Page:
Elizabeth Cady Stanton

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Related to Elizabeth Cady: Stanton Elizabeth Cady, Lucretia Mott, Susan B Anthony
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  • noun

Synonyms for Elizabeth Cady Stanton

United States suffragist and feminist


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Chief Joseph, Elizabeth Cady Stanton, and Martin Luther King all spoke on behalf of groups that were mistreated or marginalized.
In particular, abolitionists like William Lloyd Garrison smartly appealed to Christian ideas as they fought for the liberation of slaves, as did women's rights activists such as Elizabeth Cady Stanton.
It is there that Elizabeth Cady Stanton and four other women invited the public to the First Women's Rights Convention in 1848.
Anthony's leadership, individually and alongside Elizabeth Cady Stanton, paved the way for the 19th Amendment to the U.
As Elizabeth Cady Stanton (a women emancipation activist in the 19th century) once said: "The Bible and the Church have been the greatest stumbling blocks in the way of women's emancipation.
There are flashes of insight into such diverse cultural phenomena as John Bunyan, William Blake, Thomas Jefferson, Dan Brown, and the feminist Woman's Bible of the suffragist Elizabeth Cady Stanton.
Navy ship Elizabeth Cady Stanton, the last of the 28 men who raised their hands when they learned that a liberated concentration camp called Buchenwald in Germany needed volunteers who spoke European languages, the last of this group still alive to recall the horrors they saw in the spring of 1945.
Jackie Robinson, Louis Armstrong and Elizabeth Cady Stanton.
Anthony was introduced to feminist Elizabeth Cady Stanton in 1851, and the two formed a lifelong bond.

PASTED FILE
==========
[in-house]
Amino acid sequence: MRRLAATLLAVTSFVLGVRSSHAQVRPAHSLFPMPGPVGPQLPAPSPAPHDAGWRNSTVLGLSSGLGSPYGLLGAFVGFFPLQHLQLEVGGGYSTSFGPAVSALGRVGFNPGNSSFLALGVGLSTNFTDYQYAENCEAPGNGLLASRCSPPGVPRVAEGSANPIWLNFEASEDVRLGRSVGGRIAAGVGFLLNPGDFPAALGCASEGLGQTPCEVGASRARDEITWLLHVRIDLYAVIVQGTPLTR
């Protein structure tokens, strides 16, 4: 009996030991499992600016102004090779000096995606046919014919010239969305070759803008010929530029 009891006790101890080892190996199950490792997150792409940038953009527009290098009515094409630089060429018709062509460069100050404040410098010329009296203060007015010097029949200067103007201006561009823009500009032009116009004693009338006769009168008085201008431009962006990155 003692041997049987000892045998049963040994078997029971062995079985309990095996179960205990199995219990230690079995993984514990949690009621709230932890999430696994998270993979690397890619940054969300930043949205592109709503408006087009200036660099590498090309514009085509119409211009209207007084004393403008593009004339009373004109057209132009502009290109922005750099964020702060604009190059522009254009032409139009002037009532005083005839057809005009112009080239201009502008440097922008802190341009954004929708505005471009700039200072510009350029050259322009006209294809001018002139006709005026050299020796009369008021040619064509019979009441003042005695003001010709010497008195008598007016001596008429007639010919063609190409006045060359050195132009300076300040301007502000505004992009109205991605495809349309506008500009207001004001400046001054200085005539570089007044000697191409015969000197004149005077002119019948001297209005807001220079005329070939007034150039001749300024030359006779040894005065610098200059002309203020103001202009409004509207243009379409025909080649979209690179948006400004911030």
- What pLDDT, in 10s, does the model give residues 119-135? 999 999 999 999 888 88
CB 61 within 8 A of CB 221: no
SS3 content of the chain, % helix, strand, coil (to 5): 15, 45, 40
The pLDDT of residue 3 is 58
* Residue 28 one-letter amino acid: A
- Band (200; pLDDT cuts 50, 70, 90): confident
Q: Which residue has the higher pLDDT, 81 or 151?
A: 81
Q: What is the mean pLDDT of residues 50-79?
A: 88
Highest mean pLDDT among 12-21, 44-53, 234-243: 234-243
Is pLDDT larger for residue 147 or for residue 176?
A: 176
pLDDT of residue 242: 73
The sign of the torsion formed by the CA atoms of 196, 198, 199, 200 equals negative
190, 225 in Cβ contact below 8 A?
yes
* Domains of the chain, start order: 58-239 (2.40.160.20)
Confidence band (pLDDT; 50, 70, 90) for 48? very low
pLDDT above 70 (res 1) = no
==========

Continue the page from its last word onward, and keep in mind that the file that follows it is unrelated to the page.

The words of my great, great grandmother Elizabeth Cady Stanton--an early pioneer of women's rights--speaking of the failure of her country to recognize women as equals to men.
He said that the project he undertook with Elizabeth Cady, a 2006 K-State doctoral graduate in psychology, was one of the first times his research delved into the medium of music.
While Gordon does read his former flame and fellow academic Edith's feminist syllabus--Wollstonecraft, Beauvoir, Elizabeth Cady Stanton--much of his emotional life seems grafted onto his narrow intellectual appetite, which is keyed to what he himself calls "masculine privilege," so that he constantly rationalizes away, if not his very existence, then nearly all his life experiences that do not conform to his beloved Stoic's handbook.
Focusing on the lives and works of three women in particular--15th-century French poet Christine de Pizan, 19th-century American activist Elizabeth Cady Stanton, and 20th-century English novelist Virginia Woolf--Ulrich interweaves the experiences of countless other mythical, fictional, and real-life women.
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